One of the sticking points in the ongoing actors’ and writers’ strikes has been AI, which Hollywood studios could use to create scripts and recreate the likenesses of actors.

During a recent interview with Complex, Liu discussed why AI is such a big deal to writers and actors.

“We’re at a really interesting inflection point in the industry,” he said.

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“And I feel like a lot of industries are going through the same thing to be fair, but generative AI, it represents such a tool, and an opportunity, but also such an existential threat if the clear terms and boundaries and delineations are not properly addressed,” he continued.

“I think, questions about AI, bring about further questions about what art even is. Where do you delineate human creativity versus machine learning? And where are the crossroads, and how do you draw a line? I think, with the market being the way that it is, if there is a way for a studio or a streamer to take advantage of this current situation, then they will. And that’s exactly why the unions need to hold them accountable and need to protect the intellectual property of the writers, and to protect the digital likeness of the actors,” Liu explained.

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“I mean, these are definitely problems that we didn’t anticipate having 10 years ago, but this is the landscape that we’re in now, and so that, to me, is a big, big piece of why this strike, and this negotiation is important,” he added. “Nobody I think given a choice, no actor wants to be picketing. No actor wants to be not working. That’s what they love, first and foremost, out of anything, but, but but I think we don’t want to do it under the, under the wrong pretenses or with the wrong circumstances. We don’t want to do it, but we don’t want to participate in a model that’s exploitative to the bottom-line workers.”

Another key area for actors has been residuals.

“Everyone knows when streaming services came in, they really broke the mold, the model of how residuals are allocated,” he explained. “Before, if an actor does a recurring role on a long-running TV show, a few seasons, as that key TV show continues to get syndicated across networks, or gets continued success, and people continue to watch it over time, those actors and artists, including writers, by the way, continue to be compensated through a mechanism called residuals. And that just means that you may have just gone to work for the one day, but the art that you created continues to generate wealth for the producers and for the networks that participated in it. Therefore, that wealth should be shared with everyone; it’s a very simple idea.”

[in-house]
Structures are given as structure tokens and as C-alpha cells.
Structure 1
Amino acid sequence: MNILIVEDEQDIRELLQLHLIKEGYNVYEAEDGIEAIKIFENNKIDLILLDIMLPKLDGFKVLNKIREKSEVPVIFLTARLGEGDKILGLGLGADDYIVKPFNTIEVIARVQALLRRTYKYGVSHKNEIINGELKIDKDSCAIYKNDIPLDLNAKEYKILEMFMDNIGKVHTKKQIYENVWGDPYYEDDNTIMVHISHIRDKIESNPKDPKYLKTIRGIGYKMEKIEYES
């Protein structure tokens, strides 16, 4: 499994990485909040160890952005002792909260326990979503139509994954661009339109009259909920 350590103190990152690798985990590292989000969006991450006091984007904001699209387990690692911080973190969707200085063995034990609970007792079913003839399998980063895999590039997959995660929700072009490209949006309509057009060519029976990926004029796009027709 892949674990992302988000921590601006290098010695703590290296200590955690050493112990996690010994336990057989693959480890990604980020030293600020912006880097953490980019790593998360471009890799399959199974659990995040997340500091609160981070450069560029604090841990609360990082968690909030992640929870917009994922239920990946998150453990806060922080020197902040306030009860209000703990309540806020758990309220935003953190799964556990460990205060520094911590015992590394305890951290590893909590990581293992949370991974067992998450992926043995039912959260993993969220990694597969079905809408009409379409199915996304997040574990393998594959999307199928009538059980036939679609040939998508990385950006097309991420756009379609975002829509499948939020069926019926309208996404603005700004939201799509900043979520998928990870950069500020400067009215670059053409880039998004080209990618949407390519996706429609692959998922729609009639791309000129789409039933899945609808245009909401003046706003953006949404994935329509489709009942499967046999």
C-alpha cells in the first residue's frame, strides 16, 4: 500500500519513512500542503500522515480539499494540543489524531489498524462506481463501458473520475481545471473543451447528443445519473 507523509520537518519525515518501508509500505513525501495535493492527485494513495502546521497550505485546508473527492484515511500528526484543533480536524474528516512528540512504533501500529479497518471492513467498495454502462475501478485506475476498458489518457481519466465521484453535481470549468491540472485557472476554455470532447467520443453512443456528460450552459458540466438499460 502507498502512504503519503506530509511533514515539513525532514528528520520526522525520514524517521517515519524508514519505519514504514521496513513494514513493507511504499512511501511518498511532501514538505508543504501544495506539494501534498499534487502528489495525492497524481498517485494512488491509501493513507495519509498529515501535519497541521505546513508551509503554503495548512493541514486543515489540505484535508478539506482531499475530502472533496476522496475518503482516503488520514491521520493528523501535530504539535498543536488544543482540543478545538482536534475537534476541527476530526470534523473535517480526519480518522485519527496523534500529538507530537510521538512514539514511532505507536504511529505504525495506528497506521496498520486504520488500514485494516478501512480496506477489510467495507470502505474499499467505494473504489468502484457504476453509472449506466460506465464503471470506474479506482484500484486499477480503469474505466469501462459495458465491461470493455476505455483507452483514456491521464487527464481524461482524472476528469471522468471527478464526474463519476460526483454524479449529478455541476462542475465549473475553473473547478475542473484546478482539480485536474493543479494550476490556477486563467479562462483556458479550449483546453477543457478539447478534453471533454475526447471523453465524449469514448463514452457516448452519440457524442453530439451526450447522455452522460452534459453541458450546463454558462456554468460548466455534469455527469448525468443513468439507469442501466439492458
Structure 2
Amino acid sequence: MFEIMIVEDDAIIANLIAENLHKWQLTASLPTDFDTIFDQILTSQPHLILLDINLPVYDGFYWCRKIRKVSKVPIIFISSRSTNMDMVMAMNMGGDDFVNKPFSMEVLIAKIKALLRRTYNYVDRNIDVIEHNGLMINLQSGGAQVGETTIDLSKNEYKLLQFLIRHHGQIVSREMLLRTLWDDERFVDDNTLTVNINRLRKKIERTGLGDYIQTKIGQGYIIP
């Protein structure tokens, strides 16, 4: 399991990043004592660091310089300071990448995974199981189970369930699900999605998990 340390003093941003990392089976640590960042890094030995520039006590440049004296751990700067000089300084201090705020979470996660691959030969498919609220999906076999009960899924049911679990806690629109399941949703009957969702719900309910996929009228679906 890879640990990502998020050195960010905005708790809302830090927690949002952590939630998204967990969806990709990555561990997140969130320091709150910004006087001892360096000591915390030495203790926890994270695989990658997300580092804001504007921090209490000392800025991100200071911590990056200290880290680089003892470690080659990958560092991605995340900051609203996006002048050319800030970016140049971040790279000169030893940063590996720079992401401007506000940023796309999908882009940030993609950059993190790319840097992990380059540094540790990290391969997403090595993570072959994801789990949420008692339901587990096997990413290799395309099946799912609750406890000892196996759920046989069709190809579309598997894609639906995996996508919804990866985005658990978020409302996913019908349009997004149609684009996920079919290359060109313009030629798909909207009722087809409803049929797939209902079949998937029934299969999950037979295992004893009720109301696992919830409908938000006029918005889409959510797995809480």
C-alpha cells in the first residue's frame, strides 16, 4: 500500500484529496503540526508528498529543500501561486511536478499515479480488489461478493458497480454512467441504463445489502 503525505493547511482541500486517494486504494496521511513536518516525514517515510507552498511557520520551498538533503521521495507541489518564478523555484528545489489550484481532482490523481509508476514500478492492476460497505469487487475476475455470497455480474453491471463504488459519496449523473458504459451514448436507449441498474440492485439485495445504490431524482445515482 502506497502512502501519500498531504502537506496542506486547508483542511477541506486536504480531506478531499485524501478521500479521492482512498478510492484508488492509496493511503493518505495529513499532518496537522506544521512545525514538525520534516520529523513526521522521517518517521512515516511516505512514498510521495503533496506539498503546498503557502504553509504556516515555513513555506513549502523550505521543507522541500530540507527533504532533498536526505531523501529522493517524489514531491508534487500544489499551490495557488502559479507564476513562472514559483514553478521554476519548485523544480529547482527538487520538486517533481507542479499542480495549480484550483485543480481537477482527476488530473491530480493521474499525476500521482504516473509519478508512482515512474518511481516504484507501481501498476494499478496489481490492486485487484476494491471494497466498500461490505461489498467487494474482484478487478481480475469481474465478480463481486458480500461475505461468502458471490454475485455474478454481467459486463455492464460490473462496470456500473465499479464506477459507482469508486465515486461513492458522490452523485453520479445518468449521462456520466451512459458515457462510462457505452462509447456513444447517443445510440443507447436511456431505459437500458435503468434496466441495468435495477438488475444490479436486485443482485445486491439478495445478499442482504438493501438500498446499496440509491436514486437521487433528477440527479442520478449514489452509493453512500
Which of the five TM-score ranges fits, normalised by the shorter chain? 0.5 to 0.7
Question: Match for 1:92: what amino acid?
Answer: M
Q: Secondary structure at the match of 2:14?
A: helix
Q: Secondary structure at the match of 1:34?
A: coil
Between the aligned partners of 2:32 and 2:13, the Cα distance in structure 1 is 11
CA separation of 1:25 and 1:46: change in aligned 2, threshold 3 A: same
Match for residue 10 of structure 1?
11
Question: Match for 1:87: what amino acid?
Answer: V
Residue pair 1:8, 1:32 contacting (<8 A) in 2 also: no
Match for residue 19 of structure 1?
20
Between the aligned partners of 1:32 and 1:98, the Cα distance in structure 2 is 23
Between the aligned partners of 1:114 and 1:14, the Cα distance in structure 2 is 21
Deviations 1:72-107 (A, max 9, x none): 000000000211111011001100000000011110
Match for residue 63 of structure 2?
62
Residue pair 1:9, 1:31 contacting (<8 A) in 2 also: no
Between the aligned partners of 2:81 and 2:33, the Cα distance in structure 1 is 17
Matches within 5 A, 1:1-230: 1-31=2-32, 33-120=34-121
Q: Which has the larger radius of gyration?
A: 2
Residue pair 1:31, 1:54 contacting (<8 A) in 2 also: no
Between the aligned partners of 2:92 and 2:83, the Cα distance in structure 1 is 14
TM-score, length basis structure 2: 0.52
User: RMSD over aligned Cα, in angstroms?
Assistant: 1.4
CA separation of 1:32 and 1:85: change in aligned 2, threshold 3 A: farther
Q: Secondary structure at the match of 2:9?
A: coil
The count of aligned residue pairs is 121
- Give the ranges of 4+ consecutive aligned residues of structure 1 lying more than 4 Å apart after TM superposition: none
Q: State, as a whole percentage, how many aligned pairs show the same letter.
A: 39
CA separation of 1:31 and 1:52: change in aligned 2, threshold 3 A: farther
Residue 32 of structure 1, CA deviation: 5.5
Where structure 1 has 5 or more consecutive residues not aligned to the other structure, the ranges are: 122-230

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Streaming, however, has “turned that model upside-down and made it impossible for themselves to be held accountable to what residuals are owed to who, and so I think a lot of what the actors and writers are demanding is more visibility in terms of the metrics of success for these shows. How do we know who’s watching? How do we know how well the show is doing? If we know a show is doing well, and generating a lot of value for a company, then they need to pay.”

While the studios and the striking actors and writers continue to be very far apart on these issues, Liu admits that he’s “hopeful” that a deal can be reached.

“I truly have no insight, but I’m just hopeful that the studios are willing to come to the table,” he said. “Because I think every day that this strike goes on, it’s our industry as a whole that suffers. As artists, we want nothing more than to create. But again, we don’t want to create under an exploitative system.”